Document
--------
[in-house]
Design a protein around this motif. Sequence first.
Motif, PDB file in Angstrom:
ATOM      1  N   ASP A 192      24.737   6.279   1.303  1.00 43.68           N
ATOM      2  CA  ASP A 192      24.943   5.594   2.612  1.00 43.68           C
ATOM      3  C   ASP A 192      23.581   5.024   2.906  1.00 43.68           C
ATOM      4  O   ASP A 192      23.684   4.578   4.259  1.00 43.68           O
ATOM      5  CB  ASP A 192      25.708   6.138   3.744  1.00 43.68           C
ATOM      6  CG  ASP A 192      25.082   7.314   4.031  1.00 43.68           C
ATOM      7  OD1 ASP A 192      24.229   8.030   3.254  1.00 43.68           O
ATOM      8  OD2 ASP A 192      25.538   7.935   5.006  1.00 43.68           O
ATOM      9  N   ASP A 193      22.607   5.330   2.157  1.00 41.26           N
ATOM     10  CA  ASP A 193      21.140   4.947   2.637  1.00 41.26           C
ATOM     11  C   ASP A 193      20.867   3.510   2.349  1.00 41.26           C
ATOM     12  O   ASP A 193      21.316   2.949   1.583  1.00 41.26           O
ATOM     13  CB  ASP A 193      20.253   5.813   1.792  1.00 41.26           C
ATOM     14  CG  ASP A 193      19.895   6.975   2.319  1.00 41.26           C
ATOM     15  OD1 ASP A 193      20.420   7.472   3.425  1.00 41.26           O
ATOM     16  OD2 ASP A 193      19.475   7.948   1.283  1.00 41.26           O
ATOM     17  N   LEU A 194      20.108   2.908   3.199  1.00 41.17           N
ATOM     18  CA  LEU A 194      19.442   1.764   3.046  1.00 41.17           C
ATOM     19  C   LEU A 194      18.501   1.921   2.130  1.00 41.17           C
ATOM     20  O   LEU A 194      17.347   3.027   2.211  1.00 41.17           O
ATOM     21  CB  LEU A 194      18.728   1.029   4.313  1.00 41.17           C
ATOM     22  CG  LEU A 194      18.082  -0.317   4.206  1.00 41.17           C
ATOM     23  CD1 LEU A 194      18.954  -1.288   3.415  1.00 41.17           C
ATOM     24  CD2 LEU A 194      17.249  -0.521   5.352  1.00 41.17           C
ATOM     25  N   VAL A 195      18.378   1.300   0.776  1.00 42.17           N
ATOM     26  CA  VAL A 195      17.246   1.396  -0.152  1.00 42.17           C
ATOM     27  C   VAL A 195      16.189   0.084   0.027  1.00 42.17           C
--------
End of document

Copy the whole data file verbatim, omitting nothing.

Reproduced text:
[in-house]
Design a protein around this motif. Sequence first.
Motif, PDB file in Angstrom:
ATOM      1  N   ASP A 192      24.737   6.279   1.303  1.00 43.68           N
ATOM      2  CA  ASP A 192      24.943   5.594   2.612  1.00 43.68           C
ATOM      3  C   ASP A 192      23.581   5.024   2.906  1.00 43.68           C
ATOM      4  O   ASP A 192      23.684   4.578   4.259  1.00 43.68           O
ATOM      5  CB  ASP A 192      25.708   6.138   3.744  1.00 43.68           C
ATOM      6  CG  ASP A 192      25.082   7.314   4.031  1.00 43.68           C
ATOM      7  OD1 ASP A 192      24.229   8.030   3.254  1.00 43.68           O
ATOM      8  OD2 ASP A 192      25.538   7.935   5.006  1.00 43.68           O
ATOM      9  N   ASP A 193      22.607   5.330   2.157  1.00 41.26           N
ATOM     10  CA  ASP A 193      21.140   4.947   2.637  1.00 41.26           C
ATOM     11  C   ASP A 193      20.867   3.510   2.349  1.00 41.26           C
ATOM     12  O   ASP A 193      21.316   2.949   1.583  1.00 41.26           O
ATOM     13  CB  ASP A 193      20.253   5.813   1.792  1.00 41.26           C
ATOM     14  CG  ASP A 193      19.895   6.975   2.319  1.00 41.26           C
ATOM     15  OD1 ASP A 193      20.420   7.472   3.425  1.00 41.26           O
ATOM     16  OD2 ASP A 193      19.475   7.948   1.283  1.00 41.26           O
ATOM     17  N   LEU A 194      20.108   2.908   3.199  1.00 41.17           N
ATOM     18  CA  LEU A 194      19.442   1.764   3.046  1.00 41.17           C
ATOM     19  C   LEU A 194      18.501   1.921   2.130  1.00 41.17           C
ATOM     20  O   LEU A 194      17.347   3.027   2.211  1.00 41.17           O
ATOM     21  CB  LEU A 194      18.728   1.029   4.313  1.00 41.17           C
ATOM     22  CG  LEU A 194      18.082  -0.317   4.206  1.00 41.17           C
ATOM     23  CD1 LEU A 194      18.954  -1.288   3.415  1.00 41.17           C
ATOM     24  CD2 LEU A 194      17.249  -0.521   5.352  1.00 41.17           C
ATOM     25  N   VAL A 195      18.378   1.300   0.776  1.00 42.17           N
ATOM     26  CA  VAL A 195      17.246   1.396  -0.152  1.00 42.17           C
ATOM     27  C   VAL A 195      16.189   0.084   0.027  1.00 42.17           C